Slayer/ World Painted Blood
This is the best sounding Slayer album, period. The production is crisp and punchy without being overly compressed. The guitars are razor sharp, the drums sound natural. These are some of the best songs that Slayer has done since Seasons In the Abyss. 2006's Christ Illusion was OK, but ten minutes after you popped it out you couldn't remember a single song. Not so here. The running time is around 40 minutes, and I am liking the fact that bands are making shorter albums. It seems like bands were making 80 minute albums when CDs came out because they could, without ever thinking if they should. Slayer still rules after all these years. 8.5/ 10
Collects The X-Men Nos. 1-31 (cover dates September, 1963- April, 1967; Hardcover)
This was the red-headed step-child of Marvel circa 1963. Stan Lee and Jack Kirby seemed to toss this batch of also-rans off with only the occasional flair of brilliance that they are usually associated with. They did give us Magneto and the Brotherhood of Evil Mutants, the Juggernaut, and the Sentinels here, though. It was not until Roy Thomas came aboard that the X-Men really seemed like teenagers, and had problems like typical teenagers (i.e. crushes, unrequited love, feelings of alienation, etc.). This is when the title started picking up steam. Werner Roth's artwork was serviceable for the era but unremarkable by today's standards. I had the first three Masterworks but sold them off to get the Omnibus. I usually avoid the double-dip, but the lackluster restoration and unfaithful coloring in those old Masterworks prompted me to buy this. I am glad that I did, because this has nicer paper, sewn binding, is over-sized, and features the letters pages. I hope that they collect the next three Masterworks in Omnibus format, because Vol. 6's brilliant Roy Thomas/ Neal Adams collaboration is marred by the glued mousetrap binding found in that book.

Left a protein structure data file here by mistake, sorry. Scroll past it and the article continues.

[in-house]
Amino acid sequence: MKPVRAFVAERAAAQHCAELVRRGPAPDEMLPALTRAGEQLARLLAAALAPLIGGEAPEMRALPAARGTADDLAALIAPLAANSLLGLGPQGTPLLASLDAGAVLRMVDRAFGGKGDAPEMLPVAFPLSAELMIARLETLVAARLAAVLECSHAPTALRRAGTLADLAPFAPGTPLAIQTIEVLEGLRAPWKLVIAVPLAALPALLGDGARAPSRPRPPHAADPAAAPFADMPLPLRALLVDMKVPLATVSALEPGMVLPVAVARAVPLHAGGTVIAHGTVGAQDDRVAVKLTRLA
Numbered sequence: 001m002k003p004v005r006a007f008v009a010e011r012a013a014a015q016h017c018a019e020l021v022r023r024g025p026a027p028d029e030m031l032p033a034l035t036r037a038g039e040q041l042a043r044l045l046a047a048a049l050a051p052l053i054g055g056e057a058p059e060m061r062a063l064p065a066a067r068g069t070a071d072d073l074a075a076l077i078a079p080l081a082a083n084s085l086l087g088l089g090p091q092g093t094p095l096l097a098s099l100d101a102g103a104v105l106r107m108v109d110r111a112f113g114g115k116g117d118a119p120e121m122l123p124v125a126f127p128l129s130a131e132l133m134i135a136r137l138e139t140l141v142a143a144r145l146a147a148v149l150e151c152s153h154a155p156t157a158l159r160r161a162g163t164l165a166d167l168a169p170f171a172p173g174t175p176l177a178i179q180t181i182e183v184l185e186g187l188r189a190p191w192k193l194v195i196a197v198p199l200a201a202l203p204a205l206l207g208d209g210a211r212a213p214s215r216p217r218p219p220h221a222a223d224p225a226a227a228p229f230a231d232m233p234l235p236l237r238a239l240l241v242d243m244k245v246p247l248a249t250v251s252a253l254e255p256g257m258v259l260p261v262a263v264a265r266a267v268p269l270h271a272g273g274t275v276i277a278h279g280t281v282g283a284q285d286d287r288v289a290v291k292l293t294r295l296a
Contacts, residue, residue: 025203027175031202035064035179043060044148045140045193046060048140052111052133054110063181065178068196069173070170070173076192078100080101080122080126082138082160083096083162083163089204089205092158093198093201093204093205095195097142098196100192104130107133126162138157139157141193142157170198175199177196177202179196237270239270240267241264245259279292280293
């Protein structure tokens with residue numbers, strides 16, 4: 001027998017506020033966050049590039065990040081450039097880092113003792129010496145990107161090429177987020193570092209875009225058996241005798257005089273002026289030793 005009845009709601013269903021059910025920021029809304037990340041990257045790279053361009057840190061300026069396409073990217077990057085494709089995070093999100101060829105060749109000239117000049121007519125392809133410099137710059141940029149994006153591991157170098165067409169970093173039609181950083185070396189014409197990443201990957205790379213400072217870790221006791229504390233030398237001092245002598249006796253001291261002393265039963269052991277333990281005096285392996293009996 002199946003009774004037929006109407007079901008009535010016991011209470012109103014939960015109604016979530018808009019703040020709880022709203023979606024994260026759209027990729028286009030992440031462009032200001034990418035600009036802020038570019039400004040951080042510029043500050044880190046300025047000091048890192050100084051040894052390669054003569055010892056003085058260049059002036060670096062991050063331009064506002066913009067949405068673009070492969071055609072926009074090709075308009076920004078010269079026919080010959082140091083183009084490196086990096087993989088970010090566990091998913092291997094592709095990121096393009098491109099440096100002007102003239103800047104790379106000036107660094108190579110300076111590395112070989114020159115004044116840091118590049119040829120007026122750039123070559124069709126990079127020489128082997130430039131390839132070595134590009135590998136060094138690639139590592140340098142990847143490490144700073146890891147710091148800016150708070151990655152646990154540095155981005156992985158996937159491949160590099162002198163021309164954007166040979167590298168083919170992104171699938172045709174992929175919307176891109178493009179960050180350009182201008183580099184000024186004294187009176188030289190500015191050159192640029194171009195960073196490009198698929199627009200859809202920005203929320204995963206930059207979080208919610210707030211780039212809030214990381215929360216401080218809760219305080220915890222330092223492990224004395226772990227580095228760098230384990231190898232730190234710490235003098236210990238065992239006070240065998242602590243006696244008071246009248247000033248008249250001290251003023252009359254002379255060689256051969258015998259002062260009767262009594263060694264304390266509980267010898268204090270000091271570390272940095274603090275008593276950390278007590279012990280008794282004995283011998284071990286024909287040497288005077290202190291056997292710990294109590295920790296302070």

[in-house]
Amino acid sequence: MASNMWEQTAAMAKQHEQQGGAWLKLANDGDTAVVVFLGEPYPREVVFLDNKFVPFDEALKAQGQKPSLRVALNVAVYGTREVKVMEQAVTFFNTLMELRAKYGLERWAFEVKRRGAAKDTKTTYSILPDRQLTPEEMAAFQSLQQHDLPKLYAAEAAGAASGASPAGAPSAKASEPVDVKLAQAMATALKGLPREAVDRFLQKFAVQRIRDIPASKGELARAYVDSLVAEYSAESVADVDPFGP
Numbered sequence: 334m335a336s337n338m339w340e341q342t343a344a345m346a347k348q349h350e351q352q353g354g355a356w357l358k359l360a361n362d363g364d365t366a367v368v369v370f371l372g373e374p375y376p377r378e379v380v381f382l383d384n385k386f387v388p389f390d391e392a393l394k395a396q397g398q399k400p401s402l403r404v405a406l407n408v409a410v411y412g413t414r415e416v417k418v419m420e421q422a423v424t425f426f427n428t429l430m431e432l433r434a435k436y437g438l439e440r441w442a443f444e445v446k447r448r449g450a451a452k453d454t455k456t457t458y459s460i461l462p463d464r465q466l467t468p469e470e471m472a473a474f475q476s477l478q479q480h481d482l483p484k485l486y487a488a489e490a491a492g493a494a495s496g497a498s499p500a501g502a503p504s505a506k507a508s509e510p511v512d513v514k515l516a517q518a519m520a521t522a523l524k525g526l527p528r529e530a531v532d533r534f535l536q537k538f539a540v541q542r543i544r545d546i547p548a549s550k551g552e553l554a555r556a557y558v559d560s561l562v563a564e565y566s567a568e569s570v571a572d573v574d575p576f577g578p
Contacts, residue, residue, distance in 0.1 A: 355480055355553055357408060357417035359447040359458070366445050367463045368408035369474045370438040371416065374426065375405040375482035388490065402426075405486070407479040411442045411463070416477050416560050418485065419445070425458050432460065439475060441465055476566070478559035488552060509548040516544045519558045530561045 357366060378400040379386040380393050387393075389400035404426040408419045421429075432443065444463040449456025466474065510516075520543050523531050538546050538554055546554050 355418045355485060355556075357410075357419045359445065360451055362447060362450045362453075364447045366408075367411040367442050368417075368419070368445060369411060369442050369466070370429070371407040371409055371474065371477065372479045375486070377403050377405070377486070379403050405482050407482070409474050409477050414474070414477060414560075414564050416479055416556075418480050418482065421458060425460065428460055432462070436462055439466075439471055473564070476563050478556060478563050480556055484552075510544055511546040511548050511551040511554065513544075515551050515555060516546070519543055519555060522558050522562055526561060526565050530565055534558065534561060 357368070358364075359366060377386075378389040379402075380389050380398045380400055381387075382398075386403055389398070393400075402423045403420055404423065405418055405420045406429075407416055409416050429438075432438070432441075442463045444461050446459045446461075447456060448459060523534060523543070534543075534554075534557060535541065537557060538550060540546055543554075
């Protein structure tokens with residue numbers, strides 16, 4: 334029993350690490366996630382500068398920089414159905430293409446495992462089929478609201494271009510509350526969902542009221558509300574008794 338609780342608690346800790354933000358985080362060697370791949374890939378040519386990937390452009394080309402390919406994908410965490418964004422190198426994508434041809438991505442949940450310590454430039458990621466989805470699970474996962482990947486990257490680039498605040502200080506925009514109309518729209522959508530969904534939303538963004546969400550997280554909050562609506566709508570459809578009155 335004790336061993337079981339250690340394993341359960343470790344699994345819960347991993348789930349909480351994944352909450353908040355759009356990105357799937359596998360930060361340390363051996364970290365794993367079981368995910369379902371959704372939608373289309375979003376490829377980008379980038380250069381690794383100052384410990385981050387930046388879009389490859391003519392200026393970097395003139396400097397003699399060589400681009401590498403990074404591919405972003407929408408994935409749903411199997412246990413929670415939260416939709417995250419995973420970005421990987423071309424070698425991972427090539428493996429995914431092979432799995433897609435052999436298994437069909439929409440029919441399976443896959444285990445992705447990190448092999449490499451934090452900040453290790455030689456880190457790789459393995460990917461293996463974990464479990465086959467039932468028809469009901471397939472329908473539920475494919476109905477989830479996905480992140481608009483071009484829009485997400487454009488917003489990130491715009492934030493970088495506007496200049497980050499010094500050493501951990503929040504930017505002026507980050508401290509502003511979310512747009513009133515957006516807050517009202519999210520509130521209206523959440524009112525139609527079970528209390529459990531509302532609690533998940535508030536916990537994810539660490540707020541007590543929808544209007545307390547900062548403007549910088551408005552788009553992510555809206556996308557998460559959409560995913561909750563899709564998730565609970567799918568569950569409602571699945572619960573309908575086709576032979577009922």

DC COMICS CLASSICS LIBRARY: ROOTS OF THE SWAMP THING (DC, 2009; Hardcover)
Collects Swamp Thing (Vol. 1) Nos. 1-13 and a selection from House of Secrets No. 92 (cover dates July, 1971- December, 1974).
I first encountered the first 10 issues of this series in a digest called Secret of the Swamp Thing a few years ago in the Graphic Novel section at John King Books North in Ferndale, MI. At the time, someone was dumping off mass quantities of trades, and I was scooping them up super cheap and loving it. I was absolutely blown away by Bernie Wrightson's artwork, and have always been a fan of Len Wein's melodramatic writing. When DC solicited this hardcover collection of this, I had to jump at it. The book itself is a disappointment. Fans accustomed to high quality DC Archives and Marvel Masterworks will be sorely disappointed by the tight gutters*, glued binding, and inferior paper. The paper is OK, and worlds better than the garbage that they used in Jack Kirby's The Demon, but is still not up to snuff. *Gutters are the white borders on the inside of the book which fall into, well, the